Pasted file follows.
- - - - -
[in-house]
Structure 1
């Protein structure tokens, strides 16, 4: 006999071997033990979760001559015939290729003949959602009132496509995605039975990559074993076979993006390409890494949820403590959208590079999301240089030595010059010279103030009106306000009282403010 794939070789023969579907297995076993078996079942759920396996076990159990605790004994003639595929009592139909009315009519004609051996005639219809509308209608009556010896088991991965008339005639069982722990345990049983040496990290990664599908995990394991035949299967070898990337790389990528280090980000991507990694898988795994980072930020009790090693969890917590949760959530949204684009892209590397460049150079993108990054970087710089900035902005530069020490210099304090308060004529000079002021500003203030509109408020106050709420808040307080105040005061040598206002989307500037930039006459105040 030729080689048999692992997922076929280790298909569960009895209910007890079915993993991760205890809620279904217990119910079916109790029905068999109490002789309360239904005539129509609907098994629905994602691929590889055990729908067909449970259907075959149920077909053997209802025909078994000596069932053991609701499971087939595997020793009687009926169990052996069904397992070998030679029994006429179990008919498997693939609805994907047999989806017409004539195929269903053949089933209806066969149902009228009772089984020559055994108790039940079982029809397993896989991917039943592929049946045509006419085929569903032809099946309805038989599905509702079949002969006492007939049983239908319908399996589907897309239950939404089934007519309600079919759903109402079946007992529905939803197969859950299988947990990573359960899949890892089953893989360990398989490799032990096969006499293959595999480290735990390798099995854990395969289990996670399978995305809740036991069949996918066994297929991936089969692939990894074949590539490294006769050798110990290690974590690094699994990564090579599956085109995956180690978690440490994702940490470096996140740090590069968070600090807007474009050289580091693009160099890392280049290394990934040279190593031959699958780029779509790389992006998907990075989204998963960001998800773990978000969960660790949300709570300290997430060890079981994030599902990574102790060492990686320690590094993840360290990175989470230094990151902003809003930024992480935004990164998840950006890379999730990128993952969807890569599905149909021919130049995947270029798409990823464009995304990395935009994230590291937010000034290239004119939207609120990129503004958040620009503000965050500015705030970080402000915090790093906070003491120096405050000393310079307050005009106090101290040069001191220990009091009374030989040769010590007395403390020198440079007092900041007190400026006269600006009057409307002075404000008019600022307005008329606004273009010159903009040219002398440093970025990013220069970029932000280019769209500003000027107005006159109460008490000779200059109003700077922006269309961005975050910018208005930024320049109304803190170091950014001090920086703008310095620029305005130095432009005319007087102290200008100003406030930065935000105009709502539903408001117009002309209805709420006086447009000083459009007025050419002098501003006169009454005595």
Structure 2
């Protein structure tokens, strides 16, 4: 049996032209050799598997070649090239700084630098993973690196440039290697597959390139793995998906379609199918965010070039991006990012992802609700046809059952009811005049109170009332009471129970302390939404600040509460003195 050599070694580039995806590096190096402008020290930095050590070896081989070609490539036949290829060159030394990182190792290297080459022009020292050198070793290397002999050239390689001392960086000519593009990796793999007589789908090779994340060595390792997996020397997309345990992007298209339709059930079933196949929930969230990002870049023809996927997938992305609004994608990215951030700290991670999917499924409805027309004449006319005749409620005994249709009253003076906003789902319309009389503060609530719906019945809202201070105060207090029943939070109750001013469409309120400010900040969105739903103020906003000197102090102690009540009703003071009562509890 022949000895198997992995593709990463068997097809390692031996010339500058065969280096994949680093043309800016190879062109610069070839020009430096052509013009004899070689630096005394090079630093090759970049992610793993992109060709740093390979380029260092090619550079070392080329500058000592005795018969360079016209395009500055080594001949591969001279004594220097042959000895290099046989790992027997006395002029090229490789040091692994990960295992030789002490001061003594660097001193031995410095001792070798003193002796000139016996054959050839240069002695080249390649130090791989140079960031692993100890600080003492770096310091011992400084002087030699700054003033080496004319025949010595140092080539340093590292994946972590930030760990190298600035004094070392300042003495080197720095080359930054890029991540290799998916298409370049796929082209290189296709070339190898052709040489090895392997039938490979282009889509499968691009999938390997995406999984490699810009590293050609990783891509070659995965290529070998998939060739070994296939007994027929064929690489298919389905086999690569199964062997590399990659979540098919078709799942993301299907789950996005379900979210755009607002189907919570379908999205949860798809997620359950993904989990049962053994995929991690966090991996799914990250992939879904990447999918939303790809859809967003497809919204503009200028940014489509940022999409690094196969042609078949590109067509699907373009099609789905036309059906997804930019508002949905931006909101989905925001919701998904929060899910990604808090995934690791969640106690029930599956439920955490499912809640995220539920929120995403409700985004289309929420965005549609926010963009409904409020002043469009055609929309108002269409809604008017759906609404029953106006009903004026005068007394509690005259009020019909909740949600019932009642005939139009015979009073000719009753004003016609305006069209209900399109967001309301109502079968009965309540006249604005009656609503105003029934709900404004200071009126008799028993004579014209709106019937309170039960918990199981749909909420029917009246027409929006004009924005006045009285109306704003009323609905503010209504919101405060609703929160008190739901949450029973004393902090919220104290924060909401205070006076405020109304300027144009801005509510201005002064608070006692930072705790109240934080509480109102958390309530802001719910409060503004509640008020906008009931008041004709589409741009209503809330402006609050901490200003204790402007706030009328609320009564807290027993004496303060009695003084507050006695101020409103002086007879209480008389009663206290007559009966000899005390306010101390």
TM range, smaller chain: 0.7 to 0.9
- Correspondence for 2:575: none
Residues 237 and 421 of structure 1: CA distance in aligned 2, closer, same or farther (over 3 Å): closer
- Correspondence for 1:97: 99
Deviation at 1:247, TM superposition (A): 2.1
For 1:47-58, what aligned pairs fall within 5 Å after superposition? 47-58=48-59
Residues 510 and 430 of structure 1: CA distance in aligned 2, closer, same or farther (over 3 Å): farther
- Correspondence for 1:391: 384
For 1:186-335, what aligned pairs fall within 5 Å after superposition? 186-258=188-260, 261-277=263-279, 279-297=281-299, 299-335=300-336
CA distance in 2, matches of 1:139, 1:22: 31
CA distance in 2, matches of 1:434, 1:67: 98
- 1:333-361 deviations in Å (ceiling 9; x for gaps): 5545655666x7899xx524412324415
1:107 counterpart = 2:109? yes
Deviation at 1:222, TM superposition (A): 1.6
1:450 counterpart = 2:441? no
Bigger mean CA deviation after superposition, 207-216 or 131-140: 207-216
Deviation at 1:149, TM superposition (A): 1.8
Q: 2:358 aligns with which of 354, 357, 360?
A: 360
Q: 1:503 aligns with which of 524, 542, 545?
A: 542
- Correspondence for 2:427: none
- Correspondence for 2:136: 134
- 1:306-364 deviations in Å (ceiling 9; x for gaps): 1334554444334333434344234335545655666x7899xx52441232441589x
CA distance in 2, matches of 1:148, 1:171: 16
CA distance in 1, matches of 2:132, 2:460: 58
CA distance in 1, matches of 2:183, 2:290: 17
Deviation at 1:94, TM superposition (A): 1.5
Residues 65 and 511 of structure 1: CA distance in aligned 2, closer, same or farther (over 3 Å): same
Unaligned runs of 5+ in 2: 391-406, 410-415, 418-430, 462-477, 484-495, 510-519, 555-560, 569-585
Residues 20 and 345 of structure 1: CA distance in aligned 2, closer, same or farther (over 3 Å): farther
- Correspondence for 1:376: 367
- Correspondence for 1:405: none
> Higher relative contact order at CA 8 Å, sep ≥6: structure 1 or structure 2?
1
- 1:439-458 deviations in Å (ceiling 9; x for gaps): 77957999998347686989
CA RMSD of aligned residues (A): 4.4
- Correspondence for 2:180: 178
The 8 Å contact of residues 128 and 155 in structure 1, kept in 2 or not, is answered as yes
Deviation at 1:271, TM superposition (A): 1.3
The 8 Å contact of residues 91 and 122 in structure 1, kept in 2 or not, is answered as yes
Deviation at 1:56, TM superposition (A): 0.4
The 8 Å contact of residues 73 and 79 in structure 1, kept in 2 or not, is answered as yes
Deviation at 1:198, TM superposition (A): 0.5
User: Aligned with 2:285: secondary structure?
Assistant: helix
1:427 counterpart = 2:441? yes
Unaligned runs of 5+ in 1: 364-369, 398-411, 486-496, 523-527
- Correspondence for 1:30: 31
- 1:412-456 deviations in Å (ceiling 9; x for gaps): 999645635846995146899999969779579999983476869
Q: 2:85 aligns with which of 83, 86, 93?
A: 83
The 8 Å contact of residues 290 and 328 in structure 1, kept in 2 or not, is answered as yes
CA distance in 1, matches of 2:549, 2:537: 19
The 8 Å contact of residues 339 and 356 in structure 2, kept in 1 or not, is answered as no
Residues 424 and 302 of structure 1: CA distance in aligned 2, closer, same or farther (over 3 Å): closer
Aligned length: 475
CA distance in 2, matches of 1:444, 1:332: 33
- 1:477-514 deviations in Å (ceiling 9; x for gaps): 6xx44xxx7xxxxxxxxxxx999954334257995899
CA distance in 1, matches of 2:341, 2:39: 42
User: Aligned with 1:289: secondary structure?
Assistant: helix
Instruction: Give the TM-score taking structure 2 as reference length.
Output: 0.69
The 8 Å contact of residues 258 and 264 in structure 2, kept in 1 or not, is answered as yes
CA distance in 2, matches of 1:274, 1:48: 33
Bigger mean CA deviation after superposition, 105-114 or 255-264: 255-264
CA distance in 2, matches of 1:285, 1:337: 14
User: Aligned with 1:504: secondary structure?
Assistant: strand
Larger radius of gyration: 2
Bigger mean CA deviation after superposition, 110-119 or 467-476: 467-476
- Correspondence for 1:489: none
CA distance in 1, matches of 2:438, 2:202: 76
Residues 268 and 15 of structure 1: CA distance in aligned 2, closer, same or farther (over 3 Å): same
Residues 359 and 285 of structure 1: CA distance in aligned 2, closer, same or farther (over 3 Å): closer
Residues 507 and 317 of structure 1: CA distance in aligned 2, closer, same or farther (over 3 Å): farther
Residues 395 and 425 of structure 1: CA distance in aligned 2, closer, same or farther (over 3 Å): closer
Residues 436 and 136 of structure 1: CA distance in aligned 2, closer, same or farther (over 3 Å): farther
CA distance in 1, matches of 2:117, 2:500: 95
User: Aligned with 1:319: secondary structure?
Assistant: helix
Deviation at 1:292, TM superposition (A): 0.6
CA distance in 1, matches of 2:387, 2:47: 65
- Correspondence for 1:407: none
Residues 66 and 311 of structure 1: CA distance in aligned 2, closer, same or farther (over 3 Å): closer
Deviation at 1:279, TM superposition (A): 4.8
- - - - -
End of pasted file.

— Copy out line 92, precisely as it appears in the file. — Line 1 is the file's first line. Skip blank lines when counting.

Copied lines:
Deviation at 1:279, TM superposition (A): 4.8